我大概就分了概念、发展过程、分类、资格认定、税收优惠政策、管理办法和存在的不足这几个方面 Triple bottom line –economic, social and environmental benefits
A social enterprise is an organization that applies commercial strategies to maximize improvements in human and environmental well-being, rather than maximising profits for external shareholders. The idea of social enterprise has a long history around the world, though under different names and with different tendencies. Whilst many social enterprises will today accept finance and other forms of support from the state, they are essentially enterprises that seek independence from both the state and private capital through strategies that create a social economy. A useful perspective, created by social enterprise consultants across four continents after a review by Social Enterprise Europe, highlights three factors which frame the business philosophy of a social enterprise: 1) The extent to which it engages in ethical review of the goods and services it produces, and its production processes; 2) The extent to which it defines its social purpose(s), and evidences its social impact; 3) The extent to which it democratises ownership, management and governance by passing control of its human, social and financial capital to its primary stakeholders (producers, employees, customers, service users). The Social Enterprise Mark: http://www.socialenterprisemark.org.uk/ In 2012 Social Enterprise UK had a 'Not In Our Name' campaign against Salesforce.com, a global software and CRM company, that had begun using the term 'social enterprise' to describe its products and had applied for 'social enterprise' trademarks in the EU, America, Australia and Jamaica. The campaign was supported by similar organisations in America (the Social Enterprise Alliance), Canada, South Africa and Australia. An open letter was sent to the CEO and Chairman of Salesforce.com Inc., signed by people and organizations from across the world, including Professor Muhammad Yunus, founder of the Grameen Bank and Nobel Peace Prize Laureate, and Richard Wilkinson and Kate Pickett, co-authors of The Spirit Level, which asked that Salesforce.com Inc stop using the term ‘social enterprise’. Salesforce said they would withdraw applications to trademark the term ‘social enterprise’, and remove any references to ‘social enterprise’ in its marketing materials in the future.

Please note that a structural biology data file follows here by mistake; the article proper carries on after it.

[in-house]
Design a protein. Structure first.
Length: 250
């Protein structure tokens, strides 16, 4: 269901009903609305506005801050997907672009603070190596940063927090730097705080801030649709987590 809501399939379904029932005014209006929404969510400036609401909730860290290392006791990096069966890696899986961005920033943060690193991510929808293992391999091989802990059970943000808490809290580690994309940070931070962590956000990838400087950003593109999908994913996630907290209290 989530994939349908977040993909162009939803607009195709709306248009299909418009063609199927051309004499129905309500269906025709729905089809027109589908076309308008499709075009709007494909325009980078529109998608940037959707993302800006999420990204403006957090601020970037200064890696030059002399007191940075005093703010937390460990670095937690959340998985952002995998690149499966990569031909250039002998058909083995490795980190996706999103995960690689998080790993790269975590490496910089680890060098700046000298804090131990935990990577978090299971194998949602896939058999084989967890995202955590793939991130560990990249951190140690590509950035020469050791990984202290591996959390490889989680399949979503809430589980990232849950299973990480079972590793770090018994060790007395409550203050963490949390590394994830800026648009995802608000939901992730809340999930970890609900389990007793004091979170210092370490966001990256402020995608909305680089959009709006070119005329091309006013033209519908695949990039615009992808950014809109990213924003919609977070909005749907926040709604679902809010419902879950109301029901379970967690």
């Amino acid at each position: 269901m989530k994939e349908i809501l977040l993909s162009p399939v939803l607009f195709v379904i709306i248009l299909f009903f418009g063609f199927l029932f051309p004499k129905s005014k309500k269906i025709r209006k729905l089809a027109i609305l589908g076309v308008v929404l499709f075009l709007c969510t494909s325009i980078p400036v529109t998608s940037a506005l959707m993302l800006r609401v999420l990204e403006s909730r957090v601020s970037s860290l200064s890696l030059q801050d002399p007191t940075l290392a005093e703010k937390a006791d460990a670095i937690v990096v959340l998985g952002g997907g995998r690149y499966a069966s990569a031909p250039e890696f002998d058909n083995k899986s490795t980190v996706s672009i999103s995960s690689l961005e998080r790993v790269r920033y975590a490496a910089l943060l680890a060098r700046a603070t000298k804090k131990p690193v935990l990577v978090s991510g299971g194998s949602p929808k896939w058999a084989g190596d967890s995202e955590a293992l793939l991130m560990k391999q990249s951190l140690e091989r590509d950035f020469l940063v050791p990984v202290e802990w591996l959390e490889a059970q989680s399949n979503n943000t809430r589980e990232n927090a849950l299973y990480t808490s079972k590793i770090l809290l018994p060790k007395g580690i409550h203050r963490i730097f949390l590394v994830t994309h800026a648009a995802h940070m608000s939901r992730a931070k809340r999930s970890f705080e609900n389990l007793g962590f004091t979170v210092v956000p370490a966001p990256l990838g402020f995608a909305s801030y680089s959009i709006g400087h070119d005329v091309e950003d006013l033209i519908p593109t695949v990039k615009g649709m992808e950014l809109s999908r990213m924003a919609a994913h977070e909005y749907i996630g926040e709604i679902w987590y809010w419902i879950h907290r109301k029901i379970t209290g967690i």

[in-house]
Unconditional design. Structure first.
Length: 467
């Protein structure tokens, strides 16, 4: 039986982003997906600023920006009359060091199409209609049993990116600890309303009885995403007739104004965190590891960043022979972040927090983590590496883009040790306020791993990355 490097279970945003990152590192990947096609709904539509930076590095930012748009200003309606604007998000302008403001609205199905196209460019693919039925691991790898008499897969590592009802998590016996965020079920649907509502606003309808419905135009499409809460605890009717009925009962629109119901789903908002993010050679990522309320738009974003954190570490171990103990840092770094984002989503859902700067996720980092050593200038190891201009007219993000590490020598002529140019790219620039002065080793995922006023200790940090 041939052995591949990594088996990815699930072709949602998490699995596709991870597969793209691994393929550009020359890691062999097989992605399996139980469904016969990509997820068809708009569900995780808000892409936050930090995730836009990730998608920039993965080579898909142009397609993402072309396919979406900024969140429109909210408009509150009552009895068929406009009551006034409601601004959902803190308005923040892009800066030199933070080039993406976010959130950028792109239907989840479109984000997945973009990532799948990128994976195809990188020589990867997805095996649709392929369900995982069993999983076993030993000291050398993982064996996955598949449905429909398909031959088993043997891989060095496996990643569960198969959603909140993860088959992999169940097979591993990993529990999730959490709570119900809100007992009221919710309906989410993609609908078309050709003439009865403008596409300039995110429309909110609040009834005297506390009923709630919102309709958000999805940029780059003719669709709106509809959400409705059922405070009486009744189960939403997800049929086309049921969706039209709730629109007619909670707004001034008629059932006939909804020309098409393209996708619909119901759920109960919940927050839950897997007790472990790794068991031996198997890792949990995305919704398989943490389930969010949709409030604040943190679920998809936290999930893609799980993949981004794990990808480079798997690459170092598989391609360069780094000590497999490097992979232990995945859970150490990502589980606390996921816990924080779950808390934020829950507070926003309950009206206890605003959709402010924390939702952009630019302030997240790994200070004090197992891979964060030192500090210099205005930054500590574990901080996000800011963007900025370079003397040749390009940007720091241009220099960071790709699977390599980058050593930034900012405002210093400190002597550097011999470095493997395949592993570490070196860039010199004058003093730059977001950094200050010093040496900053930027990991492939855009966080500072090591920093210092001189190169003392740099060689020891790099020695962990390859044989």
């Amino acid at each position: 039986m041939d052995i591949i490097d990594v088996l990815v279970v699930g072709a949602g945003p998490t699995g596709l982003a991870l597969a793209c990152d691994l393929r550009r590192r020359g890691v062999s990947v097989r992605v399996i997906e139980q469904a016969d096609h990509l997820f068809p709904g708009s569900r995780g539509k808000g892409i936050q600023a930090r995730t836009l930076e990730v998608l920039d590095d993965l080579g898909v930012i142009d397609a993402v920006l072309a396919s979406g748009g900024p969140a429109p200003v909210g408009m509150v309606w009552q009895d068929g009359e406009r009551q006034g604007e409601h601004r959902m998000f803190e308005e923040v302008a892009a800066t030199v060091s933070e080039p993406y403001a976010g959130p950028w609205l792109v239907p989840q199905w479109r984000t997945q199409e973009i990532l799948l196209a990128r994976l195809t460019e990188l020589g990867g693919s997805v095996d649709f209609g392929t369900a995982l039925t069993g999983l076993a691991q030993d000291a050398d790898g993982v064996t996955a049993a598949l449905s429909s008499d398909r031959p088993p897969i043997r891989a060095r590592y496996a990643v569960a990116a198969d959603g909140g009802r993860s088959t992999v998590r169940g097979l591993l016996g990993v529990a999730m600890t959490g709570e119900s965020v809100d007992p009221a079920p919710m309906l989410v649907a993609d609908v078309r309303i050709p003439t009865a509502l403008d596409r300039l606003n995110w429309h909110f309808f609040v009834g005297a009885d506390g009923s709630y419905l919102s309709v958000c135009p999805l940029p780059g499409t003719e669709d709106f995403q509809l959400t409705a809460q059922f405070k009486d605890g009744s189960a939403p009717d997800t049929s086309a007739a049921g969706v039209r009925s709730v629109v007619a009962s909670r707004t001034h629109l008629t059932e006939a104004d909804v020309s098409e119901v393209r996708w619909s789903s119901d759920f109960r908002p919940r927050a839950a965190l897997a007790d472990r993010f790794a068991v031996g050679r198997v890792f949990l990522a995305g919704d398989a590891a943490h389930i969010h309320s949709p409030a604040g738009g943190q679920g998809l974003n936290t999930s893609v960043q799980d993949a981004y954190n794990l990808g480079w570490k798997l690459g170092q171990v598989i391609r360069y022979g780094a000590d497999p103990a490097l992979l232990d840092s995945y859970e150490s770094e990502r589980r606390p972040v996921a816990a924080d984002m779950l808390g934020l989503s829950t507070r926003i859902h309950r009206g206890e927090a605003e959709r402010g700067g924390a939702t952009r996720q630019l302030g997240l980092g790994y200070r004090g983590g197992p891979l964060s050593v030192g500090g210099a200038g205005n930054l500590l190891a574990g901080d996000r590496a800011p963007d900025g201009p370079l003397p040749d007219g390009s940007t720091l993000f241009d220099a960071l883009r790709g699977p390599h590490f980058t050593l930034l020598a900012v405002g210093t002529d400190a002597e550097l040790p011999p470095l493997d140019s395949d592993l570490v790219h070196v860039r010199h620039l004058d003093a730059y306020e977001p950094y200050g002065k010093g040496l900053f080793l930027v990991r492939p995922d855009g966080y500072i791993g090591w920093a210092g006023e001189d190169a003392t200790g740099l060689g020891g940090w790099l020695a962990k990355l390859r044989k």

http://www.socialtraders.com.au/finding-australias-social-enterprise-sector-fases Social enterprises are organisations that:
1. Are led by an economic, social, cultural, or environmental mission consistent with a public or community benefit; 2. Trade to fulfil their mission;
3. Derive a substantial portion of their income from trade; and 4. Reinvest the majority of their profit/surplus in the fulfilment of their mission. The United States
The Social Enterprise Alliance (SEA) of the United States defines a “social enterprise” as “an organization or venture that advances its primary social or environmental mission using business methods.” In the U.S, two distinct characteristics differentiate social enterprises from other types of businesses, nonprofits, and government agencies: 1. Social enterprises directly address social needs through their products and services or through the numbers of disadvantaged people they employ. This distinguishes them from “socially responsible businesses,” which create positive social change indirectly through the practice of corporate social responsibility (e.g., creating and implementing a philanthropic foundation; paying equitable wages to their employees; using environmentally friendly raw materials; providing volunteers to help with community projects). 2. Social enterprises use earned revenue strategies to pursue a double or triple bottom line, either alone (as a social sector business, in either the private or the nonprofit sector) or as a significant part of a nonprofit’s...
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